Exploring relations between the urban heat island effect and the morphology of a Dutch city

Research output: Chapter in Book/Report/Conference proceedingAbstract

Abstract

The population of cities as well as the extent of urban areas is expanding rapidly in many parts of the world. This may cause a further increase in the magnitude of the Urban Heat Island effect that is already substantial in many cities, including those in the Netherlands. Taking into account the increase in the frequency of extreme warm periods due to the changing climate, this may have serious consequences for human thermal comfort and health in urban areas. This is particularly true for vulnerable groups, such as the elderly, young children and the chronically sick. Urban spatial planning offers the opportunity to mitigate the adverse effects of urbanization and extreme weather conditions. More comfortable urban regions have to be created to ensure human well being outdoors and indoors. For this, urban environmental physics need to be better understood and parameterized in atmospheric models to assess the effectiveness of proposed adaptation measures. In this study the Single Column Model version of the Weather Research and Forecasting (WRF) mesoscale meteorological model is used. In order to assess the performance for a Dutch rural site, the model is evaluated with Cabauw tower observations. Subsequently, the model is evaluated for Dutch urban settings using a network of field measurements and observations of hobby meteorologists. The urban simulations are performed using the single layer urban canopy model (SLUM) with optimized settings for a typical Dutch city. Using the simulations in an urban environment we analyze the sensitivity of the urban heat island effect to properties of the urban canyon (albedo, heat capacity of walls, roads and roofs, Sky View Factor (SVF), aspect ratio, orientation) and general city properties such as green cover fraction, roughness length, available moisture and anthropogenic heat production. Furthermore, the relationship with a measure of thermal comfort or heat stress (Physiologically Effective Temperature (PET) or Wet Bulb Globe Temperature (WBGT)) is assessed. In order to test the robustness of the single column model results, and to study the role of advection and urban-rural mesoscale circulations, the simulations will be repeated using full 3-D version of the WRF model.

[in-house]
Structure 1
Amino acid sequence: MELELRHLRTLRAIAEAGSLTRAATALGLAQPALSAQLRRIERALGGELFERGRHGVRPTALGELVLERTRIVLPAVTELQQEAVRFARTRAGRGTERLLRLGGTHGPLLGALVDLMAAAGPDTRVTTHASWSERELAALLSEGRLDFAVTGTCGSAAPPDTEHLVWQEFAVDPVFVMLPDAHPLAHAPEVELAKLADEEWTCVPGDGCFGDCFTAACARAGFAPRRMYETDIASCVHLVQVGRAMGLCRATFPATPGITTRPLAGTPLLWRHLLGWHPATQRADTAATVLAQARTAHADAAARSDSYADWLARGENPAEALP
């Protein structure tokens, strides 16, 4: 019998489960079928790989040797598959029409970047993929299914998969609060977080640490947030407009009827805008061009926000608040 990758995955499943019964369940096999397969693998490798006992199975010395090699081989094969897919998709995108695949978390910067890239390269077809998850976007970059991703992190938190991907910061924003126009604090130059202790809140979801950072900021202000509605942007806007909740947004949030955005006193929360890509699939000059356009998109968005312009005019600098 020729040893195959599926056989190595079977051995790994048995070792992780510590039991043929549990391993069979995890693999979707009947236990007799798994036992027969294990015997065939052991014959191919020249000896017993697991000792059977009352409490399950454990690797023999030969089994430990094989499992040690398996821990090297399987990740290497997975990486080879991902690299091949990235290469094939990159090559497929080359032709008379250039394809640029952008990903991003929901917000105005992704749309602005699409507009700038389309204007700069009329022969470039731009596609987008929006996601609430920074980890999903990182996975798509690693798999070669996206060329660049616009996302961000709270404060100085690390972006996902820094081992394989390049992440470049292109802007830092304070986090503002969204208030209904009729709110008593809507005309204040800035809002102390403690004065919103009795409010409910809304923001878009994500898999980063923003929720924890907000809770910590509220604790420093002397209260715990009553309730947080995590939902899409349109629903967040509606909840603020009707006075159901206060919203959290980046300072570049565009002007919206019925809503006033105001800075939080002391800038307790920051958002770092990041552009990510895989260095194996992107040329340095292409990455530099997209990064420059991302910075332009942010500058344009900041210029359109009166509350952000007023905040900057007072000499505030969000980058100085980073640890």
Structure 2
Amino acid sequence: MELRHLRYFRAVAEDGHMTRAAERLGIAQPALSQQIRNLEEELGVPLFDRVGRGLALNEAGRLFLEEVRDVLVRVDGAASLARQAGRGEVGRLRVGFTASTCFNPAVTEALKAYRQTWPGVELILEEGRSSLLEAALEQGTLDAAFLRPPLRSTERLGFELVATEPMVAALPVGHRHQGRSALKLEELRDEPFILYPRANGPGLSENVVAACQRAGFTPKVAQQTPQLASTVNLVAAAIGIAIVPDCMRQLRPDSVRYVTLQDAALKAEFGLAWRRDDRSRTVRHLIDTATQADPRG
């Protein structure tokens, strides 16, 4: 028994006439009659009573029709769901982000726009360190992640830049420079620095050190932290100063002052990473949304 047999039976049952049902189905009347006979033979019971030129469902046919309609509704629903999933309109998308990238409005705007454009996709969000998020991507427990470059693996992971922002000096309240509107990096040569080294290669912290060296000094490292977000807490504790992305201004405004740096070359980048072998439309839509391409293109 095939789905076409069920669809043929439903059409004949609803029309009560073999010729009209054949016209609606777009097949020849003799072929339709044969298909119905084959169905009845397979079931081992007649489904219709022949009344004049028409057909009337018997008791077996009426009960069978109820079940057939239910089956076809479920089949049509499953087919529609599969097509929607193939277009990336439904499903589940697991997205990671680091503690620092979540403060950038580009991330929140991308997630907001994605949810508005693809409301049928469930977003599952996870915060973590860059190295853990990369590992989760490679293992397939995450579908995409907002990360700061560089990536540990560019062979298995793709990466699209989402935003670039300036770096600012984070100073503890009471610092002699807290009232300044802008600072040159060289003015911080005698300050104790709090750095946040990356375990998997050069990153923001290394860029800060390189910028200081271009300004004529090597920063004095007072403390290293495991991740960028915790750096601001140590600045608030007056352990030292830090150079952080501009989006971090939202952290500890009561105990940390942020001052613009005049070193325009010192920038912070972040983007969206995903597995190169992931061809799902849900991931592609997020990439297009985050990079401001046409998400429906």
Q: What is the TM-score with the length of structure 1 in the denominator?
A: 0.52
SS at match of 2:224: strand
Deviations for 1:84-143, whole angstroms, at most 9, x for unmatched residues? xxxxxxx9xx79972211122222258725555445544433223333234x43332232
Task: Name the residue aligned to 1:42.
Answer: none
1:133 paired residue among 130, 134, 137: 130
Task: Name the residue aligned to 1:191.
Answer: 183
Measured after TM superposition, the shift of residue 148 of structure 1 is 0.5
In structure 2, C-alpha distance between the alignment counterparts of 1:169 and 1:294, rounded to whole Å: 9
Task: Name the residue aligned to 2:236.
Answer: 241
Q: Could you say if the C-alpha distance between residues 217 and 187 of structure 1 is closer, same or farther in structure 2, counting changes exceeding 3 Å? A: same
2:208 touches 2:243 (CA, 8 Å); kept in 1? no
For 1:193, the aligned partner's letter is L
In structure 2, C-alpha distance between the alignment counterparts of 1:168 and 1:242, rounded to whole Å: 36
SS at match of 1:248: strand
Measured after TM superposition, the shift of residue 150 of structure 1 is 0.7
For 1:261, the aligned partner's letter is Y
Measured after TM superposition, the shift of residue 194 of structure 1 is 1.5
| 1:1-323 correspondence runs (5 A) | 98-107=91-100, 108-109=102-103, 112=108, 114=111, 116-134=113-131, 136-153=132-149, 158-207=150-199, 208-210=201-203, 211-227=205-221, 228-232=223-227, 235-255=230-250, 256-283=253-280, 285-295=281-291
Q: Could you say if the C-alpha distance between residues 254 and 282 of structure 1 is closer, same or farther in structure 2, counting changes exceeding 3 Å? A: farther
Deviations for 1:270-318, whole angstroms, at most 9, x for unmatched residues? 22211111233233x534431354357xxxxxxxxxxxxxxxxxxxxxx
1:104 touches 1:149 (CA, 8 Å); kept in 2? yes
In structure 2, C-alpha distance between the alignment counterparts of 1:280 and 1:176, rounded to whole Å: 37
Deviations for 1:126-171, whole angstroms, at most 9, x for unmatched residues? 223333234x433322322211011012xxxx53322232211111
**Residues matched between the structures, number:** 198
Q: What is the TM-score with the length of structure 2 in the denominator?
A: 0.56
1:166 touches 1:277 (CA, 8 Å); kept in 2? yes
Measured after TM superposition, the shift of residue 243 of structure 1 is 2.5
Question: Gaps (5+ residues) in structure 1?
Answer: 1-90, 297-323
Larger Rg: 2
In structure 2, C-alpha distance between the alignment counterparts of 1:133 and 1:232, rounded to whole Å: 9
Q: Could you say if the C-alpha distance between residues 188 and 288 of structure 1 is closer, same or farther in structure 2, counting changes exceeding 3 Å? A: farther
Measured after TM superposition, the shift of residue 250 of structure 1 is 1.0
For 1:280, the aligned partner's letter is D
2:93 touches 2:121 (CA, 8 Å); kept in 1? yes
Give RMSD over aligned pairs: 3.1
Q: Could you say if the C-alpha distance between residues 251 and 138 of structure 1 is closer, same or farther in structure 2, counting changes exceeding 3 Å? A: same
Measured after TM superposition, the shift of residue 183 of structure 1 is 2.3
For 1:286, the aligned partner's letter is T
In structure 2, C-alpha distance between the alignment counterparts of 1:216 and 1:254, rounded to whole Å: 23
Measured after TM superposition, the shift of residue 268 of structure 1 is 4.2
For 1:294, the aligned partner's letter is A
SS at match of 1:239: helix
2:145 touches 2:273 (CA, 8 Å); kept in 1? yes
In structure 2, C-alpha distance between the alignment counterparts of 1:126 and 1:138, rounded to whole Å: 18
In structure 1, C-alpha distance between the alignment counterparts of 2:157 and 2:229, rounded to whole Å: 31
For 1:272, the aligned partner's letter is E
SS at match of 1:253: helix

Original languageEnglish
Title of host publicationAnnual Meeting European Meteorological Society, 12-16 September 2011, Berlin, Germany
Place of PublicationBerlin
PublisherEMS
PagesEMS2011-342
Volume8
Publication statusPublished - 2011
Event11th EMS / 10th ECAM, Annual Meeting European Meteorological Society, Berlin, Germany -
Duration: 12 Sep 201116 Sep 2011

Conference

Conference11th EMS / 10th ECAM, Annual Meeting European Meteorological Society, Berlin, Germany
Period12/09/1116/09/11

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